Lately, we've been involved in a crazy amount of spring cleaning this year. Normally, we save our big clean-ups for the end of the year when we invite our family over to celebrate New Year's, but this is a little different. We've been preoccupied with cleaning out my grandmother's apartment after years of hemming and hawing over letting her stay there.
So far, we've accumulated dozens of items that've been saved up in the course of her life. Some items that were lost when she and Zaidie were in communist Russia. (My mother's been translating his autobiography, titled Under Stalin's Yoke that has yet to find a publisher) Other items that'd been accumulated such as leftover threads of coloured wool from their garment business had to be gradually (and covertly) chucked away from her storage locker. Then there were fancy silverware, crystal glasses, and figurines that looked like expensive heirlooms, but weren't. It all added up to more stuff than we could afford to keep.
One notable offspring of her retired thread industry was the impressive weaving portraits that adorned her apartment. For years, I thought they were wonderful masterpieces that required a steady hand, an eye for detail and incredible memory in creating these imaginative pictures. How could a single mind be able to pinpoint exactly which piece of coloured thread to pinpoint into a single frame on a consistent basis? It would be equivalent to designing an elaborate moving sprite by focusing on one pixel at a time.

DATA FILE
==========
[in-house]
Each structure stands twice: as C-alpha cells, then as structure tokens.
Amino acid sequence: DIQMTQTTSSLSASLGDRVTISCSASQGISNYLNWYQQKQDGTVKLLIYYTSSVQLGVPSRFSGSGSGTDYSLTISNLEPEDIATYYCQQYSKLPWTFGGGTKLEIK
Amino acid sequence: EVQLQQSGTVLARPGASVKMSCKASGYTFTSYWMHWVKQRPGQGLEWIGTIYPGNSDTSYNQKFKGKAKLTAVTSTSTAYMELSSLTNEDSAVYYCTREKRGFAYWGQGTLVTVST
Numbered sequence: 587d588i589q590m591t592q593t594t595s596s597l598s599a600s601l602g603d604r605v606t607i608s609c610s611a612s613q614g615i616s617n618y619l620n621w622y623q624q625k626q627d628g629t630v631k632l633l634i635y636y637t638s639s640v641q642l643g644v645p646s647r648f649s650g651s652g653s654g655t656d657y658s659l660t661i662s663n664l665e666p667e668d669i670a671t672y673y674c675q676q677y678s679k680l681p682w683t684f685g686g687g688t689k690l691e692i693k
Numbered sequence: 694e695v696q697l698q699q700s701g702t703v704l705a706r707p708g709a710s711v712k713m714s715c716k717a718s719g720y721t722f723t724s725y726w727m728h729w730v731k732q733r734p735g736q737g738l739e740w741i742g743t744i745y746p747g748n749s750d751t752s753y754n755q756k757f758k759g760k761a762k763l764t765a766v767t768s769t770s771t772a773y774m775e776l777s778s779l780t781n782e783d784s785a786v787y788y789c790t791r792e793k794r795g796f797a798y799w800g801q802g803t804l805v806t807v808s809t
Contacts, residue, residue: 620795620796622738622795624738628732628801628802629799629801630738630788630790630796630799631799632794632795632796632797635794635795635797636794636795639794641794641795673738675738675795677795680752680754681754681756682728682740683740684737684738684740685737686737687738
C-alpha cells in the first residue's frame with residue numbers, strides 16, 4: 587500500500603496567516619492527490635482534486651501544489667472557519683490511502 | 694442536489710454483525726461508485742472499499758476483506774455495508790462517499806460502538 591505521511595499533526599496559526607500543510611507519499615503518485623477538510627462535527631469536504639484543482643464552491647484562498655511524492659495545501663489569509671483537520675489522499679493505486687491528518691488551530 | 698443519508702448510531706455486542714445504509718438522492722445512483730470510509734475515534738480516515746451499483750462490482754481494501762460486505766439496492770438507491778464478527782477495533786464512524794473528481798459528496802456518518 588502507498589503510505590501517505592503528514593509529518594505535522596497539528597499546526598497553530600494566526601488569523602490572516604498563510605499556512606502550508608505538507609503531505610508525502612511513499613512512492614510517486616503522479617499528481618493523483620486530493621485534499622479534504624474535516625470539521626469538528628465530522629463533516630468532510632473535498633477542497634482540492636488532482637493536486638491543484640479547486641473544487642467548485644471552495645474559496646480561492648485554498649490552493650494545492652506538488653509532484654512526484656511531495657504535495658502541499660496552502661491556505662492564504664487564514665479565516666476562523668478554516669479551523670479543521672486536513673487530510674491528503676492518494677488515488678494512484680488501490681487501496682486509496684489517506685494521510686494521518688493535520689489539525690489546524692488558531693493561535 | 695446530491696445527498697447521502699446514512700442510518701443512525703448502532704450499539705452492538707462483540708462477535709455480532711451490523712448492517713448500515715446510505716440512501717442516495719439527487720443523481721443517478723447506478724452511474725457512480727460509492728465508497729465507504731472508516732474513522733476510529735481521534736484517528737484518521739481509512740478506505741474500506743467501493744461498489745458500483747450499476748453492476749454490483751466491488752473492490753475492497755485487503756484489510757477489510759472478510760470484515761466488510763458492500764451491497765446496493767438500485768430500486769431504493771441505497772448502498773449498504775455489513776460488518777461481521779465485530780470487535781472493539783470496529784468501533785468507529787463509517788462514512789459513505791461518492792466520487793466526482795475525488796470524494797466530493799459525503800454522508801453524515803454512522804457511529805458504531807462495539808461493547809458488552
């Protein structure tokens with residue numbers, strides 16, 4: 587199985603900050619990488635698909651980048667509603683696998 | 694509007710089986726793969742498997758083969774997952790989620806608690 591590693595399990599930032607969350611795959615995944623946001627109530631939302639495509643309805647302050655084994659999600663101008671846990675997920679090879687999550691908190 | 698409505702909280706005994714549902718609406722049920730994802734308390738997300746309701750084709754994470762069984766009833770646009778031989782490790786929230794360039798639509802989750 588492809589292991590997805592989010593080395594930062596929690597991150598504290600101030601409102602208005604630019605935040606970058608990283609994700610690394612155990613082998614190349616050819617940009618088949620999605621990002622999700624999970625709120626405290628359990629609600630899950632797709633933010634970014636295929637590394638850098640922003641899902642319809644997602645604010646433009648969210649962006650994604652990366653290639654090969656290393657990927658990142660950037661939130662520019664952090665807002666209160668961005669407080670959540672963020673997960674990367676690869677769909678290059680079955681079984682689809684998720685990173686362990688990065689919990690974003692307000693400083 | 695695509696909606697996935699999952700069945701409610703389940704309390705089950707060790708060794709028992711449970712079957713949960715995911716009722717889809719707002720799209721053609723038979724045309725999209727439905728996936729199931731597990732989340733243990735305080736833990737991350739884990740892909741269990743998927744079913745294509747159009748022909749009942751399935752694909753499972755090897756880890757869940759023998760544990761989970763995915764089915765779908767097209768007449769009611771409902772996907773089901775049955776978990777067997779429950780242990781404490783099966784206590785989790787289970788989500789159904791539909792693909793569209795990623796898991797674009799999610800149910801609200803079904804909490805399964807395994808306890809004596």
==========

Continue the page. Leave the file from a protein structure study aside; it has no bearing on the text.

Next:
It wasn't until I saw an actual sample of a naked outline that I found out the truth. The masterpieces I so admired were actually nothing more than elaborate colour-it-yourself paintings in 3-D. They were originally blank canvases with colour-coded holes deliberately spaced to create the required picture. All that was required was to input the correct piece of coloured thread through these holes to get the desired picture. Knowing this truth took away some of the magic, but the awe I got from seeing these portraits is still there. They were among some of the artifacts that I most wanted to keep.
I figured that keeping these pictures around wouldn't be too much of a problem, since there should be plenty of room on the walls. After all, one of Murphy's Laws is any horizontal surface is soon piled up. However my mother didn't want to be one of those pack rats who keep everything they've accumulated in life. We already had enough stuff taking up space in our house. Better to find the stuff we don't need anymore, and sell the rest. Part of what makes this more difficult than it should be isn't the amount of stuff, but determining which stuff is worth keeping, and which should be left in the apartment to make it look attractive to potential buyers.
As a result, we've been moving items back and forth from Bubby's apartment and our house. At the same time, we're trying to cut back on keeping too much useless junk lying around. The major problem is that a lot of the available junk is highly personal, even though it's long past its sell-by-date or usefulness. I have emotional memories associated with just seeing these familiar objects again after a long absence. Being forced with the reality that I won't be seeing these items again is almost physically painful, even though I understand the necessity in doing so. Parting with these prized items is equivalent to cutting off a major organ in the appendix zone. Sure, we don't really need it, but it's nice to know its there.